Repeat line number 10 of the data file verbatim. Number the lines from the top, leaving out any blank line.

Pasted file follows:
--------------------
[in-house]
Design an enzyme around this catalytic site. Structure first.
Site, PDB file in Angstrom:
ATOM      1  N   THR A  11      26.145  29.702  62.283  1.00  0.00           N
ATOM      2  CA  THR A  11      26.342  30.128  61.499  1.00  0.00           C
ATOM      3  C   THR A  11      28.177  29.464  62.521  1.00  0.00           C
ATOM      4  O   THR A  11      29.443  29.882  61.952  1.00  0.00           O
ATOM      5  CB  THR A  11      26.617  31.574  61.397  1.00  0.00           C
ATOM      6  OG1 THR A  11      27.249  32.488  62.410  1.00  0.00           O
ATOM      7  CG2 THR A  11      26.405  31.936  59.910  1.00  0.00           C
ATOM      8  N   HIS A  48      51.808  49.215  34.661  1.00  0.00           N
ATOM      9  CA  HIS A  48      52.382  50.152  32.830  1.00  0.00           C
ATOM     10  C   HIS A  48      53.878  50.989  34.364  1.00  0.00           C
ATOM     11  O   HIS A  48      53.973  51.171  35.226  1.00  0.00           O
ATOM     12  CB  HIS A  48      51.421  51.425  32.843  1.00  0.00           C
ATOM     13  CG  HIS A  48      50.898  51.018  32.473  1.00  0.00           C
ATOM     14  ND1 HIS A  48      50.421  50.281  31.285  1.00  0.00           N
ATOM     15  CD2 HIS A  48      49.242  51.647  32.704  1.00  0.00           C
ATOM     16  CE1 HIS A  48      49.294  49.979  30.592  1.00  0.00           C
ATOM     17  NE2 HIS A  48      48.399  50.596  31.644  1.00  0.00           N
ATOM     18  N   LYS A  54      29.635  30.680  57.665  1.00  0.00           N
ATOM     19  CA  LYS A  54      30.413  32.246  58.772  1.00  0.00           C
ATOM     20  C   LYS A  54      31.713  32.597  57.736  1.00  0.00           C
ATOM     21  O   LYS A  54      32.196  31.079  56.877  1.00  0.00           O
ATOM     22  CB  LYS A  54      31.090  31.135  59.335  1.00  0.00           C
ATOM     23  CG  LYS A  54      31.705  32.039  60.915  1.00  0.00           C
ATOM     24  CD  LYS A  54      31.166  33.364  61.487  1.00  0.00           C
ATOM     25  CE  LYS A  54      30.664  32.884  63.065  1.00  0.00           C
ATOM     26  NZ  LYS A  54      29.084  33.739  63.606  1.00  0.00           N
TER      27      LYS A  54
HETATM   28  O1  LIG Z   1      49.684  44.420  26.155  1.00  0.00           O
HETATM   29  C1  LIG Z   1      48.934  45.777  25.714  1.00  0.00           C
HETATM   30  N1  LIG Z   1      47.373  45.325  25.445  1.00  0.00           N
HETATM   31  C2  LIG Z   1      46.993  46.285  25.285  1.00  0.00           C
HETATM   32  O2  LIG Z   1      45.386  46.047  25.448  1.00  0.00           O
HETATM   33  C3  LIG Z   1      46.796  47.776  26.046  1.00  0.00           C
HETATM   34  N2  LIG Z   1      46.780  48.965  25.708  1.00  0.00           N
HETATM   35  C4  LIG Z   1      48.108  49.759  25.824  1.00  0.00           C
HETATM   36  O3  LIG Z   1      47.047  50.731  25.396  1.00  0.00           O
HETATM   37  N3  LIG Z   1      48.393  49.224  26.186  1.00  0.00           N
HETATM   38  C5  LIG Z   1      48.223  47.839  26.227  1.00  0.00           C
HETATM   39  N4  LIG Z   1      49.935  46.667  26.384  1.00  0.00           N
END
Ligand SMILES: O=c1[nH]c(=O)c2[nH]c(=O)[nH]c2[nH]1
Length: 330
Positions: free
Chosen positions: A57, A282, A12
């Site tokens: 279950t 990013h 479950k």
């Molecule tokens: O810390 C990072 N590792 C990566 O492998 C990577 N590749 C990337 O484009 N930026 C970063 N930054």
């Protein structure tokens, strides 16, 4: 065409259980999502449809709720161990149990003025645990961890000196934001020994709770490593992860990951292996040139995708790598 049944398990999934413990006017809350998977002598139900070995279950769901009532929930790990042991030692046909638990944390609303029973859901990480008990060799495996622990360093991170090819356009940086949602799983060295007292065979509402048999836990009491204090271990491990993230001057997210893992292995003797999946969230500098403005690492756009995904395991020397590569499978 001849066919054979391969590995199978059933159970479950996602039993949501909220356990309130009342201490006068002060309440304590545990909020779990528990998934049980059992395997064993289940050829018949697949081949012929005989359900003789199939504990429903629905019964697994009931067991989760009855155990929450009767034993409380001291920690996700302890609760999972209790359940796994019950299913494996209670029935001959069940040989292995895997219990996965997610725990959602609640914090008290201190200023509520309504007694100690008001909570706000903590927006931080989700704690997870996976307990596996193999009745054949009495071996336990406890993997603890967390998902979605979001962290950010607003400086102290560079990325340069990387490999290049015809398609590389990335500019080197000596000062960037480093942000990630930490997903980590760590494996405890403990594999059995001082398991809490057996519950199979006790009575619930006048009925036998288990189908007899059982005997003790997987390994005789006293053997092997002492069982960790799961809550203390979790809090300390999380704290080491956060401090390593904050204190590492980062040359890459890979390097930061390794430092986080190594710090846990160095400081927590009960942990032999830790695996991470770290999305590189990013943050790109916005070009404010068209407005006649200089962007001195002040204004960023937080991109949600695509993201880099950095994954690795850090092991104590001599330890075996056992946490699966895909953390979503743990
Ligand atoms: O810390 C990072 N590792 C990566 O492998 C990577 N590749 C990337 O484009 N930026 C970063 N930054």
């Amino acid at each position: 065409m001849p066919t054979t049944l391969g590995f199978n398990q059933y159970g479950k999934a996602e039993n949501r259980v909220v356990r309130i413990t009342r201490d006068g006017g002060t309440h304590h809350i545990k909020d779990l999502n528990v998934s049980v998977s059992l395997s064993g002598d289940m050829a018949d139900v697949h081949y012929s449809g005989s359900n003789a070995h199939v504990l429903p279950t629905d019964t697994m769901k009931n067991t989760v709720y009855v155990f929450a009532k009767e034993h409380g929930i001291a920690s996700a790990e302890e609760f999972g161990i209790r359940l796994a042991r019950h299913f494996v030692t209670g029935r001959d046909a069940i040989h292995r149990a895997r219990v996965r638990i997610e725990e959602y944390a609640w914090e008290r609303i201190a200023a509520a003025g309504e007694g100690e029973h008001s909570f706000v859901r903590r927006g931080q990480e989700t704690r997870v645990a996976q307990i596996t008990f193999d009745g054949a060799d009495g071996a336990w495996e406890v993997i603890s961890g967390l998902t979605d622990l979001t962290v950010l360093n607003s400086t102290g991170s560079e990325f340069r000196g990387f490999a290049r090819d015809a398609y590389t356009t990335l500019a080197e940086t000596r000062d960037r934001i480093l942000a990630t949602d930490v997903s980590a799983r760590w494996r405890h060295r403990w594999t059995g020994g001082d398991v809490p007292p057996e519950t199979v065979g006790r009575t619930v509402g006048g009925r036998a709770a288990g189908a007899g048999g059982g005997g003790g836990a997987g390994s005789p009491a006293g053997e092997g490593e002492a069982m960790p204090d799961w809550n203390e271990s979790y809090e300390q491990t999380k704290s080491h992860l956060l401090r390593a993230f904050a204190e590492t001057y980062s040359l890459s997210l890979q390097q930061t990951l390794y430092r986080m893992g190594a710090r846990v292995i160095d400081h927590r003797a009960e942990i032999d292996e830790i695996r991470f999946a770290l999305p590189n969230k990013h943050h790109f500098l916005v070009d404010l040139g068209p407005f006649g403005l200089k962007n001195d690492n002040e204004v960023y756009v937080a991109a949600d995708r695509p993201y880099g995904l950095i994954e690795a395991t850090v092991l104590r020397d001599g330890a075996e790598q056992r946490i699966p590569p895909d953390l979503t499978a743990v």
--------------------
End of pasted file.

ATOM      7  CG2 THR A  11      26.405  31.936  59.910  1.00  0.00           C